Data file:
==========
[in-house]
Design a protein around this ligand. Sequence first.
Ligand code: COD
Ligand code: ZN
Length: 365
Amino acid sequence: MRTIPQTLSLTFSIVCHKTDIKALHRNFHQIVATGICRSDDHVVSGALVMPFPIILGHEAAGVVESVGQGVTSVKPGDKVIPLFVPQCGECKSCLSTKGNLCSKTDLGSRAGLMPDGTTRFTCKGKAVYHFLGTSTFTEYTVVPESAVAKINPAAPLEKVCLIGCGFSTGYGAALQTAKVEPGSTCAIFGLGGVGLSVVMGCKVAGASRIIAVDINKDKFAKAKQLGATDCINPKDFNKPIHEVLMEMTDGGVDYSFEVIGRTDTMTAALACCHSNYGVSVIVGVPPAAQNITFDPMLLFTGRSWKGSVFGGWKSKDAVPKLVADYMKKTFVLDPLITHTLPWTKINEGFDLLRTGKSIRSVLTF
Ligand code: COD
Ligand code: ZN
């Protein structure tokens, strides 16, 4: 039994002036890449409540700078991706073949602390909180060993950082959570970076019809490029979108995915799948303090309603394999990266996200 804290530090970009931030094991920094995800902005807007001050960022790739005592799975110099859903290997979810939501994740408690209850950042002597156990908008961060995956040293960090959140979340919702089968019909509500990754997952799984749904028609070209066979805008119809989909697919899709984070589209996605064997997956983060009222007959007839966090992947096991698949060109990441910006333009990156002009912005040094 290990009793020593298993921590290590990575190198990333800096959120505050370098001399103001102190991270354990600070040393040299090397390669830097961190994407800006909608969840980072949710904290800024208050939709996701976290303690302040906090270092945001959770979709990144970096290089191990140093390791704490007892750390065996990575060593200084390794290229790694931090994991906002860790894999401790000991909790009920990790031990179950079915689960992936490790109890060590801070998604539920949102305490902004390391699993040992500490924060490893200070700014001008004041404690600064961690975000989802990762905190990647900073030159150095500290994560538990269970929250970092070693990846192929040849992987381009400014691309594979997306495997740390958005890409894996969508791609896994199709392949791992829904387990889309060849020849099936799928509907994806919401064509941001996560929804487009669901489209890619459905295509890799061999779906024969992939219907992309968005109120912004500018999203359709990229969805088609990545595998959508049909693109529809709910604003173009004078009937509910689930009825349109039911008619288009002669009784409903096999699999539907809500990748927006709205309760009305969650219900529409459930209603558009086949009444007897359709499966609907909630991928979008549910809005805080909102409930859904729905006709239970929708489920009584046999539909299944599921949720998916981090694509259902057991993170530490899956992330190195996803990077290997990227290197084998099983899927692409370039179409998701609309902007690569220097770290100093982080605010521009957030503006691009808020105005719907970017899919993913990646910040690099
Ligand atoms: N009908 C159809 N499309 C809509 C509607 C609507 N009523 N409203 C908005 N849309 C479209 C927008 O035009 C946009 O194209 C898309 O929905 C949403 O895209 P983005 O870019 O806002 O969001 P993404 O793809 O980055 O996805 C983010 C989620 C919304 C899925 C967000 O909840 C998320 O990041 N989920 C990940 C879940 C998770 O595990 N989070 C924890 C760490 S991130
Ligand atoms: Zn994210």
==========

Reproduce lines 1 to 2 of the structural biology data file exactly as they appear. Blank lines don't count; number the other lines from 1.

[in-house]
Design a protein around this ligand. Sequence first.